macbook battery

MacBook run for 1 hour and 10 minutes and took 35% of battery. MacBook Pro run for 51 minutes and took 61% of battery. With MacBook I could run another test with brigtness set to minimum, it run for 67 minutes and took another 32% of battery. MacBook pro could not finish the second run.

To be honest they both showed pretty bad results. When I owned MacBook Pro 15-inch Late 2013 I could easily compile several times similar in size project without any issues. The only problem I had with that MacBook - the discrete graphic. Sometimes Chrome could turn it on and that could drain battery pretty quickly. That was a time when I started to dream about 13-inch MacBook Pro without discrete graphic card. But seems like battery life is getting worse these days, when you run your laptop on full speed.


  • So far I like MacBook, it certainly slower than other MacBooks, but overall gives ok performance. Considering that my main home workstation is iMac, MacBook feels good as a secondary Mac, and very mobile laptop. I have 2 weeks to decide if I really want to keep it, or get MacBook Pro instead.
  • Using IntelliJ IDEA on full speed certainly kills the battery. I used WebStorm to write this blog post, and it felt like it used ~20-30% of battery in hour or a little more than that. This could be a reason, why I could return MacBook.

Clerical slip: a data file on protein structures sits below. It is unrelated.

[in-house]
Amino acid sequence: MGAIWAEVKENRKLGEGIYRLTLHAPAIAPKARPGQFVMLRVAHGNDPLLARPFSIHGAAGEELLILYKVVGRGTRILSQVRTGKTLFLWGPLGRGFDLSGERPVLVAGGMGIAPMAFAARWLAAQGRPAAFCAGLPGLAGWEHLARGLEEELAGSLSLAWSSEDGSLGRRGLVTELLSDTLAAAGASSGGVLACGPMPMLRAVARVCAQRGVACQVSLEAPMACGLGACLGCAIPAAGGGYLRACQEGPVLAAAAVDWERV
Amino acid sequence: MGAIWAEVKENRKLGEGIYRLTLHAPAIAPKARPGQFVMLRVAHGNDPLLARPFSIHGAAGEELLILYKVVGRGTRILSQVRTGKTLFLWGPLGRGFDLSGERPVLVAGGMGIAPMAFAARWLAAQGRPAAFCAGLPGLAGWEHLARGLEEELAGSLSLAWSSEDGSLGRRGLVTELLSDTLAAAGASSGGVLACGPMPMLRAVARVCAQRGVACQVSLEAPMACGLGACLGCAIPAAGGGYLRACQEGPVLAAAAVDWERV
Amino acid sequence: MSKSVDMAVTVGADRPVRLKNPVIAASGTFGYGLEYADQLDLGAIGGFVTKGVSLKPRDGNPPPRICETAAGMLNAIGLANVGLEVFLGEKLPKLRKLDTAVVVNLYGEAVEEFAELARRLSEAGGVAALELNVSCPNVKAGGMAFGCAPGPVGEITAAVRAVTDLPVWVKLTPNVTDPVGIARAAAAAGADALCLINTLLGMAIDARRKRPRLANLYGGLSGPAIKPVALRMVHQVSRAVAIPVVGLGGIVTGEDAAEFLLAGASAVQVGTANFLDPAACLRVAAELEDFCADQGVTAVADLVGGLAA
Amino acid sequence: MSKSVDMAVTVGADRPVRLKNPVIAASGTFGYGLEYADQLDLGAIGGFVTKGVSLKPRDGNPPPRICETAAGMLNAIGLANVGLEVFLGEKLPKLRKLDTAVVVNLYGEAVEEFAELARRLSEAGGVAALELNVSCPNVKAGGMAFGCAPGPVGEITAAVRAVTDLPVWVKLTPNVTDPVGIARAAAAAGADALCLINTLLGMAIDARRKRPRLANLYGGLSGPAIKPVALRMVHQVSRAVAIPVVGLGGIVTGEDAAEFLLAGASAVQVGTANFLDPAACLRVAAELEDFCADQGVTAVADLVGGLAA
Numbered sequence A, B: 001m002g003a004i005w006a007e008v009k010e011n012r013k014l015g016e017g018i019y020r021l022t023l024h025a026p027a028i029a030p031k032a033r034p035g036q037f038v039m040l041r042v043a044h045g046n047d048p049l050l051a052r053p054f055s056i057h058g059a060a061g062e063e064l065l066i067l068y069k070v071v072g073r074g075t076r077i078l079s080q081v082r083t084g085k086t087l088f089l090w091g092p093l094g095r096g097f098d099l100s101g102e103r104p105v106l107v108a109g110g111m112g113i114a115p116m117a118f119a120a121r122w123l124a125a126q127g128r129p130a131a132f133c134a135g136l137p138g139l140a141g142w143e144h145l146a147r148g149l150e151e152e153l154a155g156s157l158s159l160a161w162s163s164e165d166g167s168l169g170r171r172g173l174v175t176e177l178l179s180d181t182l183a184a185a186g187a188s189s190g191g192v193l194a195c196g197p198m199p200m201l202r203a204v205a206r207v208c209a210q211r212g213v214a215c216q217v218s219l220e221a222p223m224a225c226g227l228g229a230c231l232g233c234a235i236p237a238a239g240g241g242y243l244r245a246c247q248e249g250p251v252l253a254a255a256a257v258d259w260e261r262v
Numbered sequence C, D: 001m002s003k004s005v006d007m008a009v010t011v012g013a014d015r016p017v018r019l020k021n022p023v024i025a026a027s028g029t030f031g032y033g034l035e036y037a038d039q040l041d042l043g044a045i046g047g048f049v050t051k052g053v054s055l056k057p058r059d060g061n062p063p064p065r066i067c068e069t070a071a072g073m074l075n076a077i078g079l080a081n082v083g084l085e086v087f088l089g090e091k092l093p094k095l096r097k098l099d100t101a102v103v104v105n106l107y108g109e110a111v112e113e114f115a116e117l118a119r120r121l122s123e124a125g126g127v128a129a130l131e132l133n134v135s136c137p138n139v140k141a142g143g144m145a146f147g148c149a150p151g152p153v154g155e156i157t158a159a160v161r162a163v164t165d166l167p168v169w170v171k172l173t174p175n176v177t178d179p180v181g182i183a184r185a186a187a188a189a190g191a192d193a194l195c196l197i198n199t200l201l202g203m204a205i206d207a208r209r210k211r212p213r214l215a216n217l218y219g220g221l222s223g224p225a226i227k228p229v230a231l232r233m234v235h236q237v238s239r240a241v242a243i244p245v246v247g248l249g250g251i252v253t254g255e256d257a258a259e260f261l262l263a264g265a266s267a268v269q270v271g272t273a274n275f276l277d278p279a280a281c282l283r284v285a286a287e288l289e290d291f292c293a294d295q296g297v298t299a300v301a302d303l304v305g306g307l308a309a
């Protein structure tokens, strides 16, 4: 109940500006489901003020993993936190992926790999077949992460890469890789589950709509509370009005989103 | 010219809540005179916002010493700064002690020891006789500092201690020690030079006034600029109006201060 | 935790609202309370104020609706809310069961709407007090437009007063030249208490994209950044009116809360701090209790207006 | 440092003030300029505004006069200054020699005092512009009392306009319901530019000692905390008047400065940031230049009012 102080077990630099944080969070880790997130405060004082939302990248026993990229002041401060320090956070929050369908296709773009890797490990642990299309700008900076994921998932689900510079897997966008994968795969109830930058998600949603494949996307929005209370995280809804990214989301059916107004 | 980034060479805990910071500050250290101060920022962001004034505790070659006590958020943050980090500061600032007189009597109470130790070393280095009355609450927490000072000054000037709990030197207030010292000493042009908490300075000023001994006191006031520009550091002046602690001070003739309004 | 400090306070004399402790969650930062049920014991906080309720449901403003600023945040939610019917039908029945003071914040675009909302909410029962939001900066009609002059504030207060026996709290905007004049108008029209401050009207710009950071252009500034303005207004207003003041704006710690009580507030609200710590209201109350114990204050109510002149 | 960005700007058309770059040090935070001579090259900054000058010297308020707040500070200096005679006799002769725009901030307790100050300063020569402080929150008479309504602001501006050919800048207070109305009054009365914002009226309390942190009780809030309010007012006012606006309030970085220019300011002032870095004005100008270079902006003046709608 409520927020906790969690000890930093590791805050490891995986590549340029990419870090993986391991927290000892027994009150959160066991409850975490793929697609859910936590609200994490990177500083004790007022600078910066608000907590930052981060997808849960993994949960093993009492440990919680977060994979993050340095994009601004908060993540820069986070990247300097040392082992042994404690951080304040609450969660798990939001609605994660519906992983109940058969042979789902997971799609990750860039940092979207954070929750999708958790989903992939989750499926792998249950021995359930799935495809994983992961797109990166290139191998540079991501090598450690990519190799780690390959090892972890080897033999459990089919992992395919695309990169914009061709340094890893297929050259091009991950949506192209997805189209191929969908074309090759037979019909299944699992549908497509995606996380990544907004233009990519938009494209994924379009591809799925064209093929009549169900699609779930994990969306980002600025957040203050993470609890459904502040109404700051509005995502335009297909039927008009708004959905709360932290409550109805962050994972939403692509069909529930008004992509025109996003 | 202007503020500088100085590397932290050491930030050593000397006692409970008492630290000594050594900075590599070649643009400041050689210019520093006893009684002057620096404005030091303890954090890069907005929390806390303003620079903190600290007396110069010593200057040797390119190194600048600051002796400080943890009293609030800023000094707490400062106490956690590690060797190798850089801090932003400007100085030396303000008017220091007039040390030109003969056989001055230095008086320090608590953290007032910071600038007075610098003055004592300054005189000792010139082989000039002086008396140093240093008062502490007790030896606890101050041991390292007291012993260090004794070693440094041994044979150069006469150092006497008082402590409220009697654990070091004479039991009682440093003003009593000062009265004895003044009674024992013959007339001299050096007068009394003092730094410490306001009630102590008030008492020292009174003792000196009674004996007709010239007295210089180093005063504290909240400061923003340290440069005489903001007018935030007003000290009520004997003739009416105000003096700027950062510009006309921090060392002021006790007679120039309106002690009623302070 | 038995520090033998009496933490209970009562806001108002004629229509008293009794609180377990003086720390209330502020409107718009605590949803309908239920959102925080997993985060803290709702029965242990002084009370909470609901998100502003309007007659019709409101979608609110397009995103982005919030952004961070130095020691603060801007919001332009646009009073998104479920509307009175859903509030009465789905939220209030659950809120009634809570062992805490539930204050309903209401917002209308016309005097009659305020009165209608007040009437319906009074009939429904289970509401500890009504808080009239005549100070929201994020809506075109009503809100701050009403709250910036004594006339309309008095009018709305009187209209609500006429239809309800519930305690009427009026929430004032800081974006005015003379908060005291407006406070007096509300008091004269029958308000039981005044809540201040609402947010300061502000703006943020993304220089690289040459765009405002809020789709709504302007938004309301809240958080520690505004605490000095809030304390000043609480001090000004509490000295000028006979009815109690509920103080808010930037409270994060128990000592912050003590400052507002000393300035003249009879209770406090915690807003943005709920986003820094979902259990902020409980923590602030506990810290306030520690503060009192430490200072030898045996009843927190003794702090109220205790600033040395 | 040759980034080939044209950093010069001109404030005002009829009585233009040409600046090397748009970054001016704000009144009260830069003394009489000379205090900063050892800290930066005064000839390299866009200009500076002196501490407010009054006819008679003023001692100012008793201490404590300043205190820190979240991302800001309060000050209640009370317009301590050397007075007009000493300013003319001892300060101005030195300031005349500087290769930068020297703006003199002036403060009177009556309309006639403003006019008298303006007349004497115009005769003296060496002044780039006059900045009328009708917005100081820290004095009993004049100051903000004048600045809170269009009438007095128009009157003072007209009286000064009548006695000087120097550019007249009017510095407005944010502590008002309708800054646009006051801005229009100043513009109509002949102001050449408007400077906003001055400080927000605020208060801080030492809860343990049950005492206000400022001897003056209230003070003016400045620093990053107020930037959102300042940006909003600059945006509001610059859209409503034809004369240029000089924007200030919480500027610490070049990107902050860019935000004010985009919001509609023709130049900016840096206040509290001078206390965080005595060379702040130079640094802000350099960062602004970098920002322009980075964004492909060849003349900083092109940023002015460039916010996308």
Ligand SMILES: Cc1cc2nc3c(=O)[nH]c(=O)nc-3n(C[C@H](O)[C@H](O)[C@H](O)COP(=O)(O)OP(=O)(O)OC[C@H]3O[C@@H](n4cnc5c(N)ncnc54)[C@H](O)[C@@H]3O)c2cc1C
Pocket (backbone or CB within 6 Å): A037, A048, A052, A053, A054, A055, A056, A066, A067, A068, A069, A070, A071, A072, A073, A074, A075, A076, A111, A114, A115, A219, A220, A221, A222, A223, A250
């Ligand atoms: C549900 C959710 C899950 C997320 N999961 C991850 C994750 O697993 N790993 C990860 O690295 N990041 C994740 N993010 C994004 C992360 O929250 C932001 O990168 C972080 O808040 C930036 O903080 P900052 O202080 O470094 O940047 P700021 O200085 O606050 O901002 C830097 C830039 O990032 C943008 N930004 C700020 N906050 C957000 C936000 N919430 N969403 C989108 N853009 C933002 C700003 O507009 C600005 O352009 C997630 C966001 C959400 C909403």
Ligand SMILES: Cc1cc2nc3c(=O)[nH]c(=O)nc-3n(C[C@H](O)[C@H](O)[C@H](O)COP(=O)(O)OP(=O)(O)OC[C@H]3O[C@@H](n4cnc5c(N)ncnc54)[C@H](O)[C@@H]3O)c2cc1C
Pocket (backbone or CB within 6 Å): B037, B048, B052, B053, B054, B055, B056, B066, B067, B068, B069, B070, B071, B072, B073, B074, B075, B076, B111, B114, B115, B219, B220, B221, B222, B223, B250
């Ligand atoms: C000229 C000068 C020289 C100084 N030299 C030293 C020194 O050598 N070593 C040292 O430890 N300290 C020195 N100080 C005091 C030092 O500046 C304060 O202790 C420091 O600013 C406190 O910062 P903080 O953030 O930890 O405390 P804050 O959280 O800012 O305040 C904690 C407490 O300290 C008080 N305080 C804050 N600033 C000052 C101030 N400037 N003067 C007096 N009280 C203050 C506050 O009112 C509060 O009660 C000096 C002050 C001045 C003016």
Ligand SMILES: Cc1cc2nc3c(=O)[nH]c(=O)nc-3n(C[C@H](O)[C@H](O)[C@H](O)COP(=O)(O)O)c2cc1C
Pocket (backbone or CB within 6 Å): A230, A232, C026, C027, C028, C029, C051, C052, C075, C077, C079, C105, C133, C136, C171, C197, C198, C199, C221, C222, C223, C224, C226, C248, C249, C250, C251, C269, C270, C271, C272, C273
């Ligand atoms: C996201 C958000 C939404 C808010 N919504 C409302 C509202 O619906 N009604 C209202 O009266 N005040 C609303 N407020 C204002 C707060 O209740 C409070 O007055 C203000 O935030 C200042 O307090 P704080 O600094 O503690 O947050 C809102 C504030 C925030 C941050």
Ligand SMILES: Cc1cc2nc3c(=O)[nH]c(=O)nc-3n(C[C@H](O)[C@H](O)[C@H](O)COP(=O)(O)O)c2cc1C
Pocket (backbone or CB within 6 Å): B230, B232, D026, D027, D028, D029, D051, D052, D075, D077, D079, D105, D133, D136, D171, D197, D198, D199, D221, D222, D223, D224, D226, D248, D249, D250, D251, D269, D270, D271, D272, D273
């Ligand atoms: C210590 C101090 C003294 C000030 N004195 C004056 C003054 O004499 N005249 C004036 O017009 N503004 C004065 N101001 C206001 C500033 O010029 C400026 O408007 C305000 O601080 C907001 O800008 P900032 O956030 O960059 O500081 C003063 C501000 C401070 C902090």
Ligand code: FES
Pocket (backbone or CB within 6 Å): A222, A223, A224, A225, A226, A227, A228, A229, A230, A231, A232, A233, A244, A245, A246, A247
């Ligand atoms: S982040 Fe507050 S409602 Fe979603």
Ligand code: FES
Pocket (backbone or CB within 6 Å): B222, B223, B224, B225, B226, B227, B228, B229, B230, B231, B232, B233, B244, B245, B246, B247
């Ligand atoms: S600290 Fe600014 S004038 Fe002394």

• MacBook quiality, comparing to MacBook Pro, feels like it is a successor of MacBook Air. Feels cheaper, display is not so bright as MacBook Pro, Touch Pad is not as good as MacBook Pro. Maybe it is just because I used MacBook Pro for a long time before.
  • In process of installation, enabling FireVault, downloading emails, photos, music, etc - MacBook froze once. Also in the moment of setting it up it felt very slow. After Spotlight and Photos have finished first indexation - everything feels normal.